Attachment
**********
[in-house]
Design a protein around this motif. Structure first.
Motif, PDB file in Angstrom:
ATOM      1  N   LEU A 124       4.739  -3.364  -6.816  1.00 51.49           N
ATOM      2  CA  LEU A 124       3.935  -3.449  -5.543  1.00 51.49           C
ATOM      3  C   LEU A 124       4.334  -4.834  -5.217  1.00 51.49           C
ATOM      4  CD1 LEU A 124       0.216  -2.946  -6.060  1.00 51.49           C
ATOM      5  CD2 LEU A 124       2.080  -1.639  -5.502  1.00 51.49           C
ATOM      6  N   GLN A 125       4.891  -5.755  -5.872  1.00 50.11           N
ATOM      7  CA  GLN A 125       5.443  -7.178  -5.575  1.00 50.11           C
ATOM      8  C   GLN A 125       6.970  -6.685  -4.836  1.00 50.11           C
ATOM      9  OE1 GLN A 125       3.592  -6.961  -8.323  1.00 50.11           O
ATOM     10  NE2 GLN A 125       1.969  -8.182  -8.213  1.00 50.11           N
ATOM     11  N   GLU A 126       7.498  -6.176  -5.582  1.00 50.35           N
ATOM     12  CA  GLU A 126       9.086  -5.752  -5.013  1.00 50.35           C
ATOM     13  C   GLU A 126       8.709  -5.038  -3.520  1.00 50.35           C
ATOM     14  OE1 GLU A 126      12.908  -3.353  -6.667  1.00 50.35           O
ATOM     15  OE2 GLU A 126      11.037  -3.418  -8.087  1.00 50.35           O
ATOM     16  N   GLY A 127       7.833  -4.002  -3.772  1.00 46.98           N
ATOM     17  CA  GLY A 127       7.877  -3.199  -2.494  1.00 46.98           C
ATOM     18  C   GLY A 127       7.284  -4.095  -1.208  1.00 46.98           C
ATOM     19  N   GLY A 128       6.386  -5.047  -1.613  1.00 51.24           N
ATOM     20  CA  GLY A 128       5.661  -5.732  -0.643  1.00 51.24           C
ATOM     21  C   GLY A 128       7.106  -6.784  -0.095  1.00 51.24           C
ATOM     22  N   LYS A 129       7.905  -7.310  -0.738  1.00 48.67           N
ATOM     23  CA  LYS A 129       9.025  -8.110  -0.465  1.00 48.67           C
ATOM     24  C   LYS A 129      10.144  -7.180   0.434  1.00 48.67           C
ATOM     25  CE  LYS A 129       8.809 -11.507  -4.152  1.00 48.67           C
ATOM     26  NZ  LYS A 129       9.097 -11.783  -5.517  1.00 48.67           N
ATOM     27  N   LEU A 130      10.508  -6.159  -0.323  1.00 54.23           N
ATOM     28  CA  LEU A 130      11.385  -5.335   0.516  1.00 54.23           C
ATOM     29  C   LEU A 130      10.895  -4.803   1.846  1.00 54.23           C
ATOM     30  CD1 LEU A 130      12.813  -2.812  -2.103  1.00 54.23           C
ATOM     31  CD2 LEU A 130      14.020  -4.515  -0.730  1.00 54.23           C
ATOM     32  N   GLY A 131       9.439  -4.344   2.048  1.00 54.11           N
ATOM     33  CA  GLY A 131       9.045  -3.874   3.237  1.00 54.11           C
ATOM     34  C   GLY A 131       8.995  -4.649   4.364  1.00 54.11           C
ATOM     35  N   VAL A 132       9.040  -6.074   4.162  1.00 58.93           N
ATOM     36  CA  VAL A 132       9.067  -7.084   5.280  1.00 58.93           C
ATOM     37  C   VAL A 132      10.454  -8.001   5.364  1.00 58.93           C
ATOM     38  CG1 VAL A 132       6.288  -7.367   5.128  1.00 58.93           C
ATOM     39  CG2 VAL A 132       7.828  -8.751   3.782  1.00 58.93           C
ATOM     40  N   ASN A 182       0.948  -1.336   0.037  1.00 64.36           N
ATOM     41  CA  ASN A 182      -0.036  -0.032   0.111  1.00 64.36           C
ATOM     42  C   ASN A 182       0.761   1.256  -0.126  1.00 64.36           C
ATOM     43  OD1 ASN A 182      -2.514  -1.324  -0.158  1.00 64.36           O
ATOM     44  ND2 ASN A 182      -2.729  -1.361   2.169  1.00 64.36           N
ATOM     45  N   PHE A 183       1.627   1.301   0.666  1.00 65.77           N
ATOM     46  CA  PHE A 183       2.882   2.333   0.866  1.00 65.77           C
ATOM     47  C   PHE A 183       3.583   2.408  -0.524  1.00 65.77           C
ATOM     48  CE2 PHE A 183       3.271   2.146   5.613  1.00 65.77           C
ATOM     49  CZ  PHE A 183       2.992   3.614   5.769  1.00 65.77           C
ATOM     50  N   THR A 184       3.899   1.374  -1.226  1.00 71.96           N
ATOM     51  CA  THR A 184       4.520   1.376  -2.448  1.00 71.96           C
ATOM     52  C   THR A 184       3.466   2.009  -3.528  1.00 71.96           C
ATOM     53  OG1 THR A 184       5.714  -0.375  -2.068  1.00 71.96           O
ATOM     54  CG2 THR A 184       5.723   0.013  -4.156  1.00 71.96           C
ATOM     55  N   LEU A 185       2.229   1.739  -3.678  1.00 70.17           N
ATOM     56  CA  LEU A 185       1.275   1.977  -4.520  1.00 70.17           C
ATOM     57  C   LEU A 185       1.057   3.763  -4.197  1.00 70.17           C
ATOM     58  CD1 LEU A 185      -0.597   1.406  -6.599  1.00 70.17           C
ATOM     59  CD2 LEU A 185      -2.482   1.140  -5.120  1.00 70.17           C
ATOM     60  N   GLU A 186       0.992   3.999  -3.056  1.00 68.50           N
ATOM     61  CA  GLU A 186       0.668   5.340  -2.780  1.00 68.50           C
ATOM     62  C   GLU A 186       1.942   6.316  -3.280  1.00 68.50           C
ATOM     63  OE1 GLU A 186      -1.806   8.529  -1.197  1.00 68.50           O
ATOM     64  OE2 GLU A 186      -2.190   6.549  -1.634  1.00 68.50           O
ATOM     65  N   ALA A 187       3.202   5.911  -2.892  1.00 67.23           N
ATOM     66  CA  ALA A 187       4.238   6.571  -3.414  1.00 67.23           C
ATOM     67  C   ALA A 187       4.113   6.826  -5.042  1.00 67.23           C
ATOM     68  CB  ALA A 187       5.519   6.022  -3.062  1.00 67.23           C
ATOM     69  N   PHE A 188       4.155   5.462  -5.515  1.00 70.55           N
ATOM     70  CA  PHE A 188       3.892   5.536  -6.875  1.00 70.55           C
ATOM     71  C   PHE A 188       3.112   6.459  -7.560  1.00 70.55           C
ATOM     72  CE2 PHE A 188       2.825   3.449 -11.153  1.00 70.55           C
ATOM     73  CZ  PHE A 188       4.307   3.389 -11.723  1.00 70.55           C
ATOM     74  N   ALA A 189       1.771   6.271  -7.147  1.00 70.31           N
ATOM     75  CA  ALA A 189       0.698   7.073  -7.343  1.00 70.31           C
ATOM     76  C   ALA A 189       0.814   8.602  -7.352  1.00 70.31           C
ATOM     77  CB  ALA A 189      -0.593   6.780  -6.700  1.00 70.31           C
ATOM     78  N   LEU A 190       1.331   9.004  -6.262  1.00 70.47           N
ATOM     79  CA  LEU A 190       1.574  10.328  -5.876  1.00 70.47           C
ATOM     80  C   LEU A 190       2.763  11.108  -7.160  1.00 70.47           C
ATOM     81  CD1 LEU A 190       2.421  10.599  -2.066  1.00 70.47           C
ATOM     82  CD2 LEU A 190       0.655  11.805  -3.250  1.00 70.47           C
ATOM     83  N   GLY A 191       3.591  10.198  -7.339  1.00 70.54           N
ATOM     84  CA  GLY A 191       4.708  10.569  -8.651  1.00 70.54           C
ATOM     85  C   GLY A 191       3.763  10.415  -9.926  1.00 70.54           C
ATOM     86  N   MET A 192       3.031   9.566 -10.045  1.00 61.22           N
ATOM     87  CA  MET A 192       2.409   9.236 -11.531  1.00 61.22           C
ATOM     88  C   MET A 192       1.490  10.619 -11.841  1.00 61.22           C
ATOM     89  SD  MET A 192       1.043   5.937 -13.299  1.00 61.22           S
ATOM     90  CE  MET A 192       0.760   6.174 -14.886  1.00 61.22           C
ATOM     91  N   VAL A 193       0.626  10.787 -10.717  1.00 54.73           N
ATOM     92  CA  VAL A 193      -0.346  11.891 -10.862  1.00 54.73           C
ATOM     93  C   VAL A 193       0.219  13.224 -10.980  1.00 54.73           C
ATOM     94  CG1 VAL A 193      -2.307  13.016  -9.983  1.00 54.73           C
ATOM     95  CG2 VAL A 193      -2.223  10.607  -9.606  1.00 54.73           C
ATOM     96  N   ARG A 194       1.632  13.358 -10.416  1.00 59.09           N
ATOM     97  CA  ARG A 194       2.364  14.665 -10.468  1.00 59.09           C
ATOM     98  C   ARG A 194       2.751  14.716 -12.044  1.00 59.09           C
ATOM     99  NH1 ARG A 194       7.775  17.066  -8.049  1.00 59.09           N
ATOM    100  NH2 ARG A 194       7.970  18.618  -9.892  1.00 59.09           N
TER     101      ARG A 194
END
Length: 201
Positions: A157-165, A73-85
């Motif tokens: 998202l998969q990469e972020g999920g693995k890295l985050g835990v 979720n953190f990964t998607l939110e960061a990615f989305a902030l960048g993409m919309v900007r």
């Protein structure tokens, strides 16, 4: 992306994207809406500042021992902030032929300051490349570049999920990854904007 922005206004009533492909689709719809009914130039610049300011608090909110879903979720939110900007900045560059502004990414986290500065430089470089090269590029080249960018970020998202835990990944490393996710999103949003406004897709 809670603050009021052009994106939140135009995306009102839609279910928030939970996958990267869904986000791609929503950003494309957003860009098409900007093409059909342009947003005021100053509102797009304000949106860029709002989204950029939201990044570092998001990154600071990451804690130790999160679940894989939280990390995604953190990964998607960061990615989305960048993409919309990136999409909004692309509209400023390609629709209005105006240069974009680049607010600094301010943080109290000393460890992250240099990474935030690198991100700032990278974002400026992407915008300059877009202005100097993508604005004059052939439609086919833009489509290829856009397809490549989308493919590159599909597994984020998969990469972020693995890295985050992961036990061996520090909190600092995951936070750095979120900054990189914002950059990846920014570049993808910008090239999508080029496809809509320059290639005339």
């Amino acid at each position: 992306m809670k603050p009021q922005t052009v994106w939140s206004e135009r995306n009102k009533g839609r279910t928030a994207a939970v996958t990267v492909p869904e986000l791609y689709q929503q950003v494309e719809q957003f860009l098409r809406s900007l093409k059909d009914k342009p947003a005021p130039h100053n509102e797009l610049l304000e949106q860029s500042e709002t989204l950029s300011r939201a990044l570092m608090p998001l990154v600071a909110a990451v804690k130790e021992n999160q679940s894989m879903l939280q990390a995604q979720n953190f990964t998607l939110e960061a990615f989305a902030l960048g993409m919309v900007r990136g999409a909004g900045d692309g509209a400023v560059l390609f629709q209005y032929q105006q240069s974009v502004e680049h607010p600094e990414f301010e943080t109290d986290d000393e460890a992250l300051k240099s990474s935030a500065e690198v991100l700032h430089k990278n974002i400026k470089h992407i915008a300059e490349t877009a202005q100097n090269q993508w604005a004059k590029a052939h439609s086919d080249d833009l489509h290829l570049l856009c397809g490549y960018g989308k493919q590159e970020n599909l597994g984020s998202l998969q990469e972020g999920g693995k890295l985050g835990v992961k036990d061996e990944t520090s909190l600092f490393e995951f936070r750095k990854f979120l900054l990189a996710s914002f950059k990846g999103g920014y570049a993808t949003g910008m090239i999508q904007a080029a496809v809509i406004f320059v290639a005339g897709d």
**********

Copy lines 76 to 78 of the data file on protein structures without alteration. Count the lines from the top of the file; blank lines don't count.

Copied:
ATOM     73  CZ  PHE A 188       4.307   3.389 -11.723  1.00 70.55           C
ATOM     74  N   ALA A 189       1.771   6.271  -7.147  1.00 70.31           N
ATOM     75  CA  ALA A 189       0.698   7.073  -7.343  1.00 70.31           C